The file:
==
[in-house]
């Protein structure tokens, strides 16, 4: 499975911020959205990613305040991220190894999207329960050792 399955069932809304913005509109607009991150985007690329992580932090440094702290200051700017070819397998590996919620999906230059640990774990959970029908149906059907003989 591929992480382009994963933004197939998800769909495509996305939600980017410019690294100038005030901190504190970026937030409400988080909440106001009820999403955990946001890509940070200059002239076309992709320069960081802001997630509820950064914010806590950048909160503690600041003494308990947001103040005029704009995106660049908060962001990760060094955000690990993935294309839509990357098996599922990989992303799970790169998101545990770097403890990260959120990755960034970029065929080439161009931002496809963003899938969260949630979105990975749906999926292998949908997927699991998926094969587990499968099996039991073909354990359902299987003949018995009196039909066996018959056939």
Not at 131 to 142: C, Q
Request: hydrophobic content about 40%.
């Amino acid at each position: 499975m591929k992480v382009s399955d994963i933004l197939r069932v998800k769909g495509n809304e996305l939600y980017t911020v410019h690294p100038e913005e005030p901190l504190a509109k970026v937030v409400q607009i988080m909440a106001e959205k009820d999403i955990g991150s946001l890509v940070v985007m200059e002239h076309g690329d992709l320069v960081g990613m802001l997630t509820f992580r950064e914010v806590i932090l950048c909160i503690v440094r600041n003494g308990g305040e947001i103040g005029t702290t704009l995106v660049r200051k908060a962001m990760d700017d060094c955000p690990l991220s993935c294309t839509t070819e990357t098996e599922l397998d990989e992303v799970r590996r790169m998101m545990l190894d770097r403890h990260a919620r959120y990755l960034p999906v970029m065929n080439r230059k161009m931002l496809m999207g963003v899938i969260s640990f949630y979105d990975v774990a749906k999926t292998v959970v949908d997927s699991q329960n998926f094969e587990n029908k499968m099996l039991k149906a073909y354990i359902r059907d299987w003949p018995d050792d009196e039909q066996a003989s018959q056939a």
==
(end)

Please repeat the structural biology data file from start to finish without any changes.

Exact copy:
[in-house]
């Protein structure tokens, strides 16, 4: 499975911020959205990613305040991220190894999207329960050792 399955069932809304913005509109607009991150985007690329992580932090440094702290200051700017070819397998590996919620999906230059640990774990959970029908149906059907003989 591929992480382009994963933004197939998800769909495509996305939600980017410019690294100038005030901190504190970026937030409400988080909440106001009820999403955990946001890509940070200059002239076309992709320069960081802001997630509820950064914010806590950048909160503690600041003494308990947001103040005029704009995106660049908060962001990760060094955000690990993935294309839509990357098996599922990989992303799970790169998101545990770097403890990260959120990755960034970029065929080439161009931002496809963003899938969260949630979105990975749906999926292998949908997927699991998926094969587990499968099996039991073909354990359902299987003949018995009196039909066996018959056939």
Not at 131 to 142: C, Q
Request: hydrophobic content about 40%.
């Amino acid at each position: 499975m591929k992480v382009s399955d994963i933004l197939r069932v998800k769909g495509n809304e996305l939600y980017t911020v410019h690294p100038e913005e005030p901190l504190a509109k970026v937030v409400q607009i988080m909440a106001e959205k009820d999403i955990g991150s946001l890509v940070v985007m200059e002239h076309g690329d992709l320069v960081g990613m802001l997630t509820f992580r950064e914010v806590i932090l950048c909160i503690v440094r600041n003494g308990g305040e947001i103040g005029t702290t704009l995106v660049r200051k908060a962001m990760d700017d060094c955000p690990l991220s993935c294309t839509t070819e990357t098996e599922l397998d990989e992303v799970r590996r790169m998101m545990l190894d770097r403890h990260a919620r959120y990755l960034p999906v970029m065929n080439r230059k161009m931002l496809m999207g963003v899938i969260s640990f949630y979105d990975v774990a749906k999926t292998v959970v949908d997927s699991q329960n998926f094969e587990n029908k499968m099996l039991k149906a073909y354990i359902r059907d299987w003949p018995d050792d009196e039909q066996a003989s018959q056939a």